Merry Hill owner Intu hit by store slump amid plans to cut debts
Merry Hill owner Intu said it is braced for a "challenging" 2019 as it looks to slash debts.
Intu has already committed to investing £12 million into the shopping centre, including re-cladding, despite admitting to a difficult year.
It comes amid a rise in company voluntary arrangements among troubled retailers, as the new chief Matthew Roberts set out his strategy to reduce debts.
The new boss said a "higher-than-expected level of CVAs" and a slowdown in new lettings amid Brexit uncertainty will have an impact on performance over the year.
Intu has reduced its guidance for rental income for 2019 as it predicts an increase in CVAs, with income expected to fall by between four per cent and six per cent during the year.
Mr Roberts, who started his role this week following his promotion from finance chief, laid out Intu's strategy to reduce debts, which includes retaining more cash generated within the business, disposals and part-disposals at sites in the UK and Spain, and a reduction in its investment pipeline.
The retail property business sold a 50 per cent stake in its Intu Derby shopping centre for £186 million, and has received interest regarding the sale of its Spanish centres, it said.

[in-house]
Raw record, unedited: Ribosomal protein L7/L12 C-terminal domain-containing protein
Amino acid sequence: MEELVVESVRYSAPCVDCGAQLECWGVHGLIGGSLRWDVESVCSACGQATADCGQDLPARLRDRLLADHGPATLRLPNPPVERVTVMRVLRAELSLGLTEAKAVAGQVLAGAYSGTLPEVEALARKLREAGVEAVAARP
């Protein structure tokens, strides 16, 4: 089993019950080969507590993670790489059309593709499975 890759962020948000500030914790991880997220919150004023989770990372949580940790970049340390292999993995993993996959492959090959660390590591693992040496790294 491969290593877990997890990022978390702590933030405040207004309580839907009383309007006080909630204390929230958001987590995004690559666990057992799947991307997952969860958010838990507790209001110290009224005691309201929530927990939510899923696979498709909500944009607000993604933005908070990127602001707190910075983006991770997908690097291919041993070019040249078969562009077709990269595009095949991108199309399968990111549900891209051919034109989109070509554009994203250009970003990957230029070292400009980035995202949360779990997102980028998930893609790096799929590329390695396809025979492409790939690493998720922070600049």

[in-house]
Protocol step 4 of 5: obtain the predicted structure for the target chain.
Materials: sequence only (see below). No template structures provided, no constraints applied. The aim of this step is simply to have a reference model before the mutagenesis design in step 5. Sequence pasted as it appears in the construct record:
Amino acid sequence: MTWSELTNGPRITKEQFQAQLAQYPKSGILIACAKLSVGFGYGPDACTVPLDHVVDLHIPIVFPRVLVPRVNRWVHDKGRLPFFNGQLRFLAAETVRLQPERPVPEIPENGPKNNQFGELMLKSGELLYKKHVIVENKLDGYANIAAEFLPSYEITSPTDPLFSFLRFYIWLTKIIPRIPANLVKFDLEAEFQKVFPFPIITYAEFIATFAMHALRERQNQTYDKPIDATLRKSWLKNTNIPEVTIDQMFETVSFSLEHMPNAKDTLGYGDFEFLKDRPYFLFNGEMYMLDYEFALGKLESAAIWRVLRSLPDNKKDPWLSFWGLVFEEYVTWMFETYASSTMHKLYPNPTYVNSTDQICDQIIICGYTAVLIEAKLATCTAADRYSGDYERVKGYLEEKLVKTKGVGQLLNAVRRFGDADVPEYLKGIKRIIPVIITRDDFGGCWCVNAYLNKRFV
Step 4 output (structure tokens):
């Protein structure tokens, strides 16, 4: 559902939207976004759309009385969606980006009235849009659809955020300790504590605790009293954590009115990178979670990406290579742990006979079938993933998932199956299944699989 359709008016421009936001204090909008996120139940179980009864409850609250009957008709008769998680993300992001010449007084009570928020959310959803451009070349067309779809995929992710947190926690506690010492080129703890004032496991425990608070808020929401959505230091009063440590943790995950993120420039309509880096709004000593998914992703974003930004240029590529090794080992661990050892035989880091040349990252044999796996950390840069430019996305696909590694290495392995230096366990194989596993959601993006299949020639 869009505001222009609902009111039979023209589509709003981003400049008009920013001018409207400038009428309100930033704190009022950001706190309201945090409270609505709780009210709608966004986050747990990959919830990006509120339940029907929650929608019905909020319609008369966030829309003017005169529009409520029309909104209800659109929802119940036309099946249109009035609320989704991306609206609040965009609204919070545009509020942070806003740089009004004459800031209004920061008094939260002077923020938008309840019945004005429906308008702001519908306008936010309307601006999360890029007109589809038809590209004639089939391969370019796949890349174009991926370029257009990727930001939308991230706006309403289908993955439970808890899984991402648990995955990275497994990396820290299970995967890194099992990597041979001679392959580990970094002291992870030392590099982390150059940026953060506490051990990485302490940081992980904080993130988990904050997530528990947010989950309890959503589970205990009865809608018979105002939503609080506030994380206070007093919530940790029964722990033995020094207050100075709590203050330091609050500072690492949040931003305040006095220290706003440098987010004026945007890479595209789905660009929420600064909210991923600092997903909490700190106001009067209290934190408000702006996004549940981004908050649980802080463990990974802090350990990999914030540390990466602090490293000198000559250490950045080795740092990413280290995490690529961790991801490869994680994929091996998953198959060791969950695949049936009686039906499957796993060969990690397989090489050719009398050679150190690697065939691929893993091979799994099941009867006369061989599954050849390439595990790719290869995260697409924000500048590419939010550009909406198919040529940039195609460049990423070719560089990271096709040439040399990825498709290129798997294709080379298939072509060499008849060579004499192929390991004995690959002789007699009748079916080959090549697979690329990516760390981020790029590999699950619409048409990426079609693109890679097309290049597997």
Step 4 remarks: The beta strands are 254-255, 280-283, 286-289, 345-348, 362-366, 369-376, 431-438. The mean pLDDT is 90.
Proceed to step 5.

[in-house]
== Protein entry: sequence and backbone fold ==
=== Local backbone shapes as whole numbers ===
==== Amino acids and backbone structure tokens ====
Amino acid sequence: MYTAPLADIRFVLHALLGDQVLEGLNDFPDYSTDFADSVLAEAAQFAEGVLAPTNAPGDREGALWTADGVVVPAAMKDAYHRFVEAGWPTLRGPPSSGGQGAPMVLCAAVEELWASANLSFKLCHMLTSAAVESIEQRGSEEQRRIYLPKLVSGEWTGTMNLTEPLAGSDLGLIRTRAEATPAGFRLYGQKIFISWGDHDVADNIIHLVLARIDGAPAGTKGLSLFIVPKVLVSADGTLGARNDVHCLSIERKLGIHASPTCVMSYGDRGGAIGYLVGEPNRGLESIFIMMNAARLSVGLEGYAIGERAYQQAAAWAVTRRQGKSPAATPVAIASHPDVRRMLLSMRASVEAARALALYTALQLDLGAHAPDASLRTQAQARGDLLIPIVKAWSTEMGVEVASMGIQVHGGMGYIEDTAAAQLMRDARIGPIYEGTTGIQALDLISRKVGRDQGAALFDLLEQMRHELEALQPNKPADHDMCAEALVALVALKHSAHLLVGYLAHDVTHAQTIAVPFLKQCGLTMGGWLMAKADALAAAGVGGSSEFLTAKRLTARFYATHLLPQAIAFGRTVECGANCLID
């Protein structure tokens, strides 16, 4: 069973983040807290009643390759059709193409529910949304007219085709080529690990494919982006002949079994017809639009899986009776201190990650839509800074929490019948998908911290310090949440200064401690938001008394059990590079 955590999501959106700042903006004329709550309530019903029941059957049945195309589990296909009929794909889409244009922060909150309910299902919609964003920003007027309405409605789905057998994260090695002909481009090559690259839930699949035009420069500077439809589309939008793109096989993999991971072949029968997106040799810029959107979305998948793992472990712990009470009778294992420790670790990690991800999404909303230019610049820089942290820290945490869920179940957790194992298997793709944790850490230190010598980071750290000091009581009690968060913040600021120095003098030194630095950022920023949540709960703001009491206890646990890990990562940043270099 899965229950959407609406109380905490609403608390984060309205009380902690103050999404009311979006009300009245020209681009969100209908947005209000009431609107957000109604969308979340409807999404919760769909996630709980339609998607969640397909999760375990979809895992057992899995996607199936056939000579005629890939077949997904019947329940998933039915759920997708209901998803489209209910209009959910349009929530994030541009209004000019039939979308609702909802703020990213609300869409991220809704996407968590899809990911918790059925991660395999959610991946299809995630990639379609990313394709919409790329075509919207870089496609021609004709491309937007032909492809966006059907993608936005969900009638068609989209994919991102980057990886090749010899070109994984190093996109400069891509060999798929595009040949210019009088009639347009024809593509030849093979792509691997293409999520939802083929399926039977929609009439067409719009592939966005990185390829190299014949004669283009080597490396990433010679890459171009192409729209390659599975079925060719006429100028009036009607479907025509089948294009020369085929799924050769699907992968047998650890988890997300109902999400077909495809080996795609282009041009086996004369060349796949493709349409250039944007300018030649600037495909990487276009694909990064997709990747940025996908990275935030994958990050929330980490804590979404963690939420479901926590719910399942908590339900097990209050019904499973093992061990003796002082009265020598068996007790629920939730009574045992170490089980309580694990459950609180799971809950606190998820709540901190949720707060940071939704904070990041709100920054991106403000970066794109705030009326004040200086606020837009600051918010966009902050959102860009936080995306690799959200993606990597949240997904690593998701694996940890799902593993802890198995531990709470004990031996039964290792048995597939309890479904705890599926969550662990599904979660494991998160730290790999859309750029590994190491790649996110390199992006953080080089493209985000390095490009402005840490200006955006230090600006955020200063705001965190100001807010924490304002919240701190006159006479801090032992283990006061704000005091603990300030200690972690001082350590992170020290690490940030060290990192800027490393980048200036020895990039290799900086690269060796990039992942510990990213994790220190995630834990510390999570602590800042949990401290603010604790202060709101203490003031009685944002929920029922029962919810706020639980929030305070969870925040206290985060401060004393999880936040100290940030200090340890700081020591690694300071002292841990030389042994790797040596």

The company is also considering refinancing its legacy Trafford Centre debt, which would remove amortisation payments that are set to rise over the coming year, and increase the potential for a part-disposal of the shopping complex in the future.
Over the first three months of the year, Intu has secured 53 long-term leases, down from 60 over the same period last year.
Annual rent generated over the first quarter also declined, down to £6 million from £10 million during the same quarter last year.
Occupancy at the end of March 2019 was down to 95.6 per cent compared with 96.1 per cent in March 2018, due to CVAs and administrations, as well as the closure of some New Look Men and HMV stores.
Footfall for the year to date is "marginally ahead" of the same period last year, while Easter sales slipped 0.2 per cent compared with Easter 2018.
Mr Roberts said: "Our operational performance in the quarter has been stable.
"Despite the current operating environment, I believe we have a very good business and am confident we can meet the challenges we are facing head-on."
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